TikTok is a Chinese-based social media platform allowing users to make and interact with minute-long videos, such as dances, comedy sketches or vlog-style storytelling.
Created by ByteDance in 2016, the app now has more than 2 billion global downloads and 91 million active monthly users in the United States alone.
Boston University’s International Business Club hosted a “TikTok Case Study” over Zoom Wednesday, during which members examined the platform’s extreme popularity as well as its economic and political implications.
The event was hosted by BUIBC President Alessandra Leone, a junior in the College of Arts and Sciences, and the rest of the organization’s e-board. The club hosts case studies every semester featuring a variety of topics in international business.
To begin the discussion, the executive board explained how TikTok’s software works and explored its connection with U.S. politics, namely the executive order President Trump signed in August that threatened to ban the app due to concerns over possible data collection and ties with the Chinese Communist Party.
Leone said in an interview she and other members felt TikTok is a relevant topic that interests many young people given its presence in politics, and would make for a good case study this semester.
“With all the news about TikTok [and] the ban,” Leone said, “we thought it would be an interesting thing to look at for everyone who’s interested in international business to see what’s happening with that.”
BUIBC Vice President Christine Yao, a junior in the Questrom School of Business, said because the government scrutiny of TikTok affects college students and other members of Generation Z, the topic was likely one their members would already have some familiarity with.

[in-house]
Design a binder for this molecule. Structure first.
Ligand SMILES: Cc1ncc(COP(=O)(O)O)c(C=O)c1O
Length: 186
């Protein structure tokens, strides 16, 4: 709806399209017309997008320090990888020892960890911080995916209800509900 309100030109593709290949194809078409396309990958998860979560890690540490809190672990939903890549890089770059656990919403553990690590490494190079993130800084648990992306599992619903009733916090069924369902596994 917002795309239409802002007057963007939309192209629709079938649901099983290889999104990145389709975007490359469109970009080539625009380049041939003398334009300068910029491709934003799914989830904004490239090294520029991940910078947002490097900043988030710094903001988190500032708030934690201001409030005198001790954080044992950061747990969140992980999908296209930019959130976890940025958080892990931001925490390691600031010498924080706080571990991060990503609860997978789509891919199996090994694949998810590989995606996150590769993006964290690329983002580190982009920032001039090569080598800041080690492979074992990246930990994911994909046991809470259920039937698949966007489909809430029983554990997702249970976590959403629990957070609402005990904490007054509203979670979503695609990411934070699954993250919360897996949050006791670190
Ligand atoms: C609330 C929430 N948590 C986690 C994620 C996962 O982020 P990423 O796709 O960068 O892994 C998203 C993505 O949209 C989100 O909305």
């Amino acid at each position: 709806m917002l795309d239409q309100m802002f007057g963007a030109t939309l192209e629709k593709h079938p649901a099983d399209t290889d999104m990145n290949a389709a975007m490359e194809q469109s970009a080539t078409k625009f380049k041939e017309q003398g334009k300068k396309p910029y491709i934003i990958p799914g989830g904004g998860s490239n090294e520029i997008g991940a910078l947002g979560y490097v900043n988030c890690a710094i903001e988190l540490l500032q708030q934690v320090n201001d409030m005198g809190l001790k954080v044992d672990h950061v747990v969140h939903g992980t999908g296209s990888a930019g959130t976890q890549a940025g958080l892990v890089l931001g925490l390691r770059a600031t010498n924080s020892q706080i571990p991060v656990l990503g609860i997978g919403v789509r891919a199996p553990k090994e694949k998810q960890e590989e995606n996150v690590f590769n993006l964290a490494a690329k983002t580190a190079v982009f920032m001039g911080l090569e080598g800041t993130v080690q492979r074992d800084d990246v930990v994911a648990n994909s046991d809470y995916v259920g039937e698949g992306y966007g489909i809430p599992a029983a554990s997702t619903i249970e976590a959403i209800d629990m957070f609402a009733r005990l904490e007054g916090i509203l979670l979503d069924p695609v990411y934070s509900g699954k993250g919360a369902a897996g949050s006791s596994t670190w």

“[The investigation] happened pretty recently, since August of this year,” Yao said in an interview. “Since TikTok is such a popular app among people our age especially, we thought that people would be interested in learning more about how the developments of this event could impact their use on the app as well.”
The presentation was centered around Trump’s deals with TikTok’s parent company and the recent political issues surrounding the app. Trump raised concerns about the app in July after he claimed the Beijing-based company could be operating to spy on Americans.
Last month, Trump closed a deal with ByteDance, claiming the app will become a U.S. company and no longer be involved with China. This company has since hired an American-majority operations team, set up a global headquarters outside of China and now stores user data in the U.S. and backs it up in Singapore.
However, ByteDance still owns 80 percent of the company. Oracle, an American software and technology company owns 12.5 percent and Walmart owns 7.5 percent.
Lylianna Barlette, a senior in Questrom and member of BUIBC, said the biggest problem for the U.S. government is a lack of security laws that would target concerns over China’s data control on TikTok.
“Instead of spending all this money and doing all of these things, then why don’t you just create some laws that restrict data storage, just addressing those concerns,” Barlette said in the Zoom meeting. “At least businesses will have to abide by these certain set of standards in order to operate in these specific countries.”
Despite the U.S. perception of security risks surrounding TikTok, Yao said she thinks TikTok has had a generally positive impact on Gen Z when it comes to destigmatizing taboos and educating peers.
“I think that this app allows users to connect with other users in a more easy way, in a more accessible way,” Yao said. “People are bringing more awareness to certain topics, such as mental health, or just speaking of their own personal experiences as a disabled person, and that could create a lot of educational value to young TikTok users.”
Leone herself uses TikTok almost daily, and said in an interview the app provides a platform for teenagers and young adults to share their views openly.
“For young people, it’s definitely been something positive,” Leone said. “It’s something especially for Gen Z that they needed, because Instagram, it’s become inauthentic, so TikTok’s kind of a way everyone could express themselves.”